Testosterone Effects On Fat Metabolism

Percent body fat is increased in hypogonadal men (76). Induction of androgen deficiency in healthy men by administration of a GnRH agonist leads to an increase in fat mass (47). Some studies of young, hypogonadal men have reported a decrease in fat mass with testosterone replacement (46,76), whereas others (77,78) found no change. In contrast, long-term studies of testosterone supplementation of older men are consistent in demonstrating a significant decrease in fat mass (79). Epidemiological studies (80,81) have found lower serum testosterone levels in middle-aged men with visceral obesity. Serum testosterone levels correlate inversely with visceral fat area and directly with plasma high-density lipoprotein (HDL) levels. Testosterone replacement of middle-aged men with visceral obesity improved insulin sensitivity and decreased blood glucose and blood pressure (82). Testosterone is an important determinant of regional fat distribution and metabolism in men (82). In our dose-response study of healthy, young men, we found testosterone dose and concentrations to be inversely related to whole body fat mass. Lower doses of testosterone that reduced serum testosterone concentrations below baseline were associated with gains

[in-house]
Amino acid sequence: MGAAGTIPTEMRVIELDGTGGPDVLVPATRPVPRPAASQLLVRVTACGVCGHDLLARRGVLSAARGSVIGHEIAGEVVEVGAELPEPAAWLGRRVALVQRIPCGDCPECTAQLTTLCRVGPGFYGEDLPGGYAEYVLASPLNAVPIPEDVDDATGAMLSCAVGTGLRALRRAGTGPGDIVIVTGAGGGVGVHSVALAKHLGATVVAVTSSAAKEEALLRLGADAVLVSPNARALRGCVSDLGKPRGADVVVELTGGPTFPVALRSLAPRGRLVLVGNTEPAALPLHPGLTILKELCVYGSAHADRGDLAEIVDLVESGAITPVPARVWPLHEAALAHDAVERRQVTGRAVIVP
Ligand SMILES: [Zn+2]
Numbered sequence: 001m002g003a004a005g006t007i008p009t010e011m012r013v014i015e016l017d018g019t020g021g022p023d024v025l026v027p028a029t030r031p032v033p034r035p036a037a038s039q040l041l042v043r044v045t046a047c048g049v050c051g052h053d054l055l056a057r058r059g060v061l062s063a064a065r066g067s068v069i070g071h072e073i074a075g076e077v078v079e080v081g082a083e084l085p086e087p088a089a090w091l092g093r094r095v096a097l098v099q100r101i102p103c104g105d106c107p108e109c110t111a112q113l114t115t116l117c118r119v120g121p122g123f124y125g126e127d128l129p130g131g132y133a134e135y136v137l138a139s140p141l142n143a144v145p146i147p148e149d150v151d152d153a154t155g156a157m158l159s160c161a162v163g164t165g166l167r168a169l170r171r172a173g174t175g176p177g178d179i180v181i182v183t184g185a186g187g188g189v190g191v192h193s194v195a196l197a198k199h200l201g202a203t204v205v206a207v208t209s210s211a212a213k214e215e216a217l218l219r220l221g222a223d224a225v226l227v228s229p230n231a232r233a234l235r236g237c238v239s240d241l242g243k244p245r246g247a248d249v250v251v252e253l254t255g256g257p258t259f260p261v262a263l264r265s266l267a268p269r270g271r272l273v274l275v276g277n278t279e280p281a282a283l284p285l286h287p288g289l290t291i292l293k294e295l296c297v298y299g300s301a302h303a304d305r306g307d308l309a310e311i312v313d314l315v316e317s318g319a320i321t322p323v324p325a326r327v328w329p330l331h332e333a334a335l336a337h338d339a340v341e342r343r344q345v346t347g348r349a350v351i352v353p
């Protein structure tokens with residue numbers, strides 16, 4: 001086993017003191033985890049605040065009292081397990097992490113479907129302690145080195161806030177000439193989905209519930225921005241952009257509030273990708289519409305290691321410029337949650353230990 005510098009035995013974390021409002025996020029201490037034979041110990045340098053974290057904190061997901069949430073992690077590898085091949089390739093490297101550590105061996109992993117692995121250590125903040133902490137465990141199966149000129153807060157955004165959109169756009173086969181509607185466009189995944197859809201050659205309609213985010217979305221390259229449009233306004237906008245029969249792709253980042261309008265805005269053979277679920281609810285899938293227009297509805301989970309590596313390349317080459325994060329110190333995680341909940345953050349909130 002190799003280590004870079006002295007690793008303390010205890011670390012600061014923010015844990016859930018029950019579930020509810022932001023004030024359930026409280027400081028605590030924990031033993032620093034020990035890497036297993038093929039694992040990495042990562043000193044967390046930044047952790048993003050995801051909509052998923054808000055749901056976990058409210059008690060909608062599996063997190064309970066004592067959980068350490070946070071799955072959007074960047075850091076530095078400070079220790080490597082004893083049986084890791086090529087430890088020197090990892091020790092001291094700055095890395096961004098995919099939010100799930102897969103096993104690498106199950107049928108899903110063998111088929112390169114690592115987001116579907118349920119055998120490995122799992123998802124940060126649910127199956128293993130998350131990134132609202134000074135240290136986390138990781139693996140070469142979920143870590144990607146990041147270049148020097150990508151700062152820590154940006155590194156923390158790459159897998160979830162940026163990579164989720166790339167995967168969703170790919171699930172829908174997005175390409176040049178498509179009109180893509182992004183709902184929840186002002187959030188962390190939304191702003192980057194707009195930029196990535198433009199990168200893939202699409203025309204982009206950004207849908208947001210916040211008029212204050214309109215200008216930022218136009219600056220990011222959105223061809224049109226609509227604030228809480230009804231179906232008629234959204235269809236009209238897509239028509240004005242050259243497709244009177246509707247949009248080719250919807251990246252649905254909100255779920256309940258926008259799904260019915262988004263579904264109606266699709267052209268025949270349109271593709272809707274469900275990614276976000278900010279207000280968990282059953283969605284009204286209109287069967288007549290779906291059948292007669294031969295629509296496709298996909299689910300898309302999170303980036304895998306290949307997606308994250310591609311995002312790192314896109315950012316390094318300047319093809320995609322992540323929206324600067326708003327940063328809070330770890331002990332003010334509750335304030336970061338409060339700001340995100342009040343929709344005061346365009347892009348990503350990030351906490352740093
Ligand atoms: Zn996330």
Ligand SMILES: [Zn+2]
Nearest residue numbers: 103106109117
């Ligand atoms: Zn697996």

Fig. 3. Change in muscle fiber cross-sectional area in the vastus lateralis muscle of healthy, young men treated with a long-acting gonadotropin-releasing hormone agonist and graded doses of testosterone enanthate. The doses of testosterone enanthate are shown on the X-axis. Data are mean +/-SEM. (Reproduced from of ref. 84.)

in fat mass, whereas higher doses were associated with a dose-dependent decrease in fat mass. Loss of fat mass at higher doses was distributed evenly between the abdomen and trunk. Similarly, loss of fat mass was proportionate in the superficial subcutaneous compartment and the deep intermuscular compartments of the thigh. Grinspoon (61) also reported that administration of a supraphysiologic dose of testosterone is associated with loss of intermuscular fat mass in HIV-infected men. It has been hypothesized that testosterone supplementation might be beneficial in HIV-infected men with the fat-redistribution syndromes; this hypothesis is being investigated in ongoing studies.

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